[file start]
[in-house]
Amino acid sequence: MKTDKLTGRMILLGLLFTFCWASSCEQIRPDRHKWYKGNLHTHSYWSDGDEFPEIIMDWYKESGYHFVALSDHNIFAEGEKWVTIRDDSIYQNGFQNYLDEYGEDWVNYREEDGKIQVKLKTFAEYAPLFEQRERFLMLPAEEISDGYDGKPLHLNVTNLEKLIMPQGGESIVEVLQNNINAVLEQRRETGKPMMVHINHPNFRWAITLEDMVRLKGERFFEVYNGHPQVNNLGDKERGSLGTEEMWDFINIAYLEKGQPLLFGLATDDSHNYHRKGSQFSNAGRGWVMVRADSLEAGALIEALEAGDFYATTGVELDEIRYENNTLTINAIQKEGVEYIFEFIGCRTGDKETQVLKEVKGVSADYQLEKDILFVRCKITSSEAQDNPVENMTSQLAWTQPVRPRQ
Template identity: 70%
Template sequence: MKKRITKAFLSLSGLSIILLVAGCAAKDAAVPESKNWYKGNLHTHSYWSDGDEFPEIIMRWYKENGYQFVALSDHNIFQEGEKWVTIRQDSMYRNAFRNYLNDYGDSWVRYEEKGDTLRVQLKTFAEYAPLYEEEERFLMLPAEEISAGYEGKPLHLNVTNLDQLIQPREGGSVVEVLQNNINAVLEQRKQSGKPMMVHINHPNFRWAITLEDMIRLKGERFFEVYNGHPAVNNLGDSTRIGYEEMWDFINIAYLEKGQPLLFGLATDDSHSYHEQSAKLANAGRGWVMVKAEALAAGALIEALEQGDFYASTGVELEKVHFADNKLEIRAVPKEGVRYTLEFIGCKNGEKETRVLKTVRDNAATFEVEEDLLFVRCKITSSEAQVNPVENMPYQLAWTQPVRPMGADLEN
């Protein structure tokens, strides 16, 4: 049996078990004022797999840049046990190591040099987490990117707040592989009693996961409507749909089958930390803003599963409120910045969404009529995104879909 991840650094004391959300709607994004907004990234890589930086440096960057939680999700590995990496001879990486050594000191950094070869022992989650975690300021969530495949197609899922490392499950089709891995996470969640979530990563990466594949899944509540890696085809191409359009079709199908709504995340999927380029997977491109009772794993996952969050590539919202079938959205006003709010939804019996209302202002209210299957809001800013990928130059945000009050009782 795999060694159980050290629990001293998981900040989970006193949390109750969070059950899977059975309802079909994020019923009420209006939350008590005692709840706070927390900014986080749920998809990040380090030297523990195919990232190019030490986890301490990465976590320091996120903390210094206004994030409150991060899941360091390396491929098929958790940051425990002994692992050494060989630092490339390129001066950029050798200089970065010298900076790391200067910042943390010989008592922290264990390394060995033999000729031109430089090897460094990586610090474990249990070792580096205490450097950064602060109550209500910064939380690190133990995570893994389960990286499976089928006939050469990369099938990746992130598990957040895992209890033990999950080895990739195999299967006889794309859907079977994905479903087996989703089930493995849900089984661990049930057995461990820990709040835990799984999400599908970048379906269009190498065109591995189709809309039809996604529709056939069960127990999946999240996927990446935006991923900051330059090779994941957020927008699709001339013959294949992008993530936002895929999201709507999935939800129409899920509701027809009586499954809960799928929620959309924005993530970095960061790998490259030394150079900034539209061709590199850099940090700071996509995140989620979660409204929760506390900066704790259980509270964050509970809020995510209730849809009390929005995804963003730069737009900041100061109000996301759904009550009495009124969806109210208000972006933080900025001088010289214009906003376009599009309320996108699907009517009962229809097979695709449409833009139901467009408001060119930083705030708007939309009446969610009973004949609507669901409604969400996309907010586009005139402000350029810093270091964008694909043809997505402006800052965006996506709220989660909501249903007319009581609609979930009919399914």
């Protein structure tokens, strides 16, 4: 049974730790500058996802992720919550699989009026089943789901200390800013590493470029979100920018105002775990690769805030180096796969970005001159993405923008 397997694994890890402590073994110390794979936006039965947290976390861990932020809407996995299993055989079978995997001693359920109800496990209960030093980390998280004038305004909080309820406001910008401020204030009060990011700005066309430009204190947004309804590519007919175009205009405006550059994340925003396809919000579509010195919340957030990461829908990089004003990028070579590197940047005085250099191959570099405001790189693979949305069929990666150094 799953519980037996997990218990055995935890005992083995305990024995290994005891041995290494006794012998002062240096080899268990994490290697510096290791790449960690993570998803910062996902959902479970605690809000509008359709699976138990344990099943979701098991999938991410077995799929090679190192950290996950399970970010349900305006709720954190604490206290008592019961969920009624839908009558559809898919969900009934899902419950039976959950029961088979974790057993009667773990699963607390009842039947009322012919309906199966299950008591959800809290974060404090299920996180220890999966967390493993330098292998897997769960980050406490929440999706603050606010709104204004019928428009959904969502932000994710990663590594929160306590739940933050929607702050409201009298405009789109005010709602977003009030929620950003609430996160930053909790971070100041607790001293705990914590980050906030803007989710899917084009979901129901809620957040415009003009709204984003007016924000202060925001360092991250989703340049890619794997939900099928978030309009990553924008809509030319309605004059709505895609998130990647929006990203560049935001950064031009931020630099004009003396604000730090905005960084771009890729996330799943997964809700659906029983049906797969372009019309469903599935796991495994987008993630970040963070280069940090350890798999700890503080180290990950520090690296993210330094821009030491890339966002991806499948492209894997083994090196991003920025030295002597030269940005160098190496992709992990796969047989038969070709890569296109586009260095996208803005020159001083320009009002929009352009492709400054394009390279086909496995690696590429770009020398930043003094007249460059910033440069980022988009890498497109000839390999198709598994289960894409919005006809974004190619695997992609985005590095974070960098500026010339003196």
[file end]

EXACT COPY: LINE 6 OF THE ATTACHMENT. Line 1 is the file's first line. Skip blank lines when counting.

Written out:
């Protein structure tokens, strides 16, 4: 049974730790500058996802992720919550699989009026089943789901200390800013590493470029979100920018105002775990690769805030180096796969970005001159993405923008 397997694994890890402590073994110390794979936006039965947290976390861990932020809407996995299993055989079978995997001693359920109800496990209960030093980390998280004038305004909080309820406001910008401020204030009060990011700005066309430009204190947004309804590519007919175009205009405006550059994340925003396809919000579509010195919340957030990461829908990089004003990028070579590197940047005085250099191959570099405001790189693979949305069929990666150094 799953519980037996997990218990055995935890005992083995305990024995290994005891041995290494006794012998002062240096080899268990994490290697510096290791790449960690993570998803910062996902959902479970605690809000509008359709699976138990344990099943979701098991999938991410077995799929090679190192950290996950399970970010349900305006709720954190604490206290008592019961969920009624839908009558559809898919969900009934899902419950039976959950029961088979974790057993009667773990699963607390009842039947009322012919309906199966299950008591959800809290974060404090299920996180220890999966967390493993330098292998897997769960980050406490929440999706603050606010709104204004019928428009959904969502932000994710990663590594929160306590739940933050929607702050409201009298405009789109005010709602977003009030929620950003609430996160930053909790971070100041607790001293705990914590980050906030803007989710899917084009979901129901809620957040415009003009709204984003007016924000202060925001360092991250989703340049890619794997939900099928978030309009990553924008809509030319309605004059709505895609998130990647929006990203560049935001950064031009931020630099004009003396604000730090905005960084771009890729996330799943997964809700659906029983049906797969372009019309469903599935796991495994987008993630970040963070280069940090350890798999700890503080180290990950520090690296993210330094821009030491890339966002991806499948492209894997083994090196991003920025030295002597030269940005160098190496992709992990796969047989038969070709890569296109586009260095996208803005020159001083320009009002929009352009492709400054394009390279086909496995690696590429770009020398930043003094007249460059910033440069980022988009890498497109000839390999198709598994289960894409919005006809974004190619695997992609985005590095974070960098500026010339003196």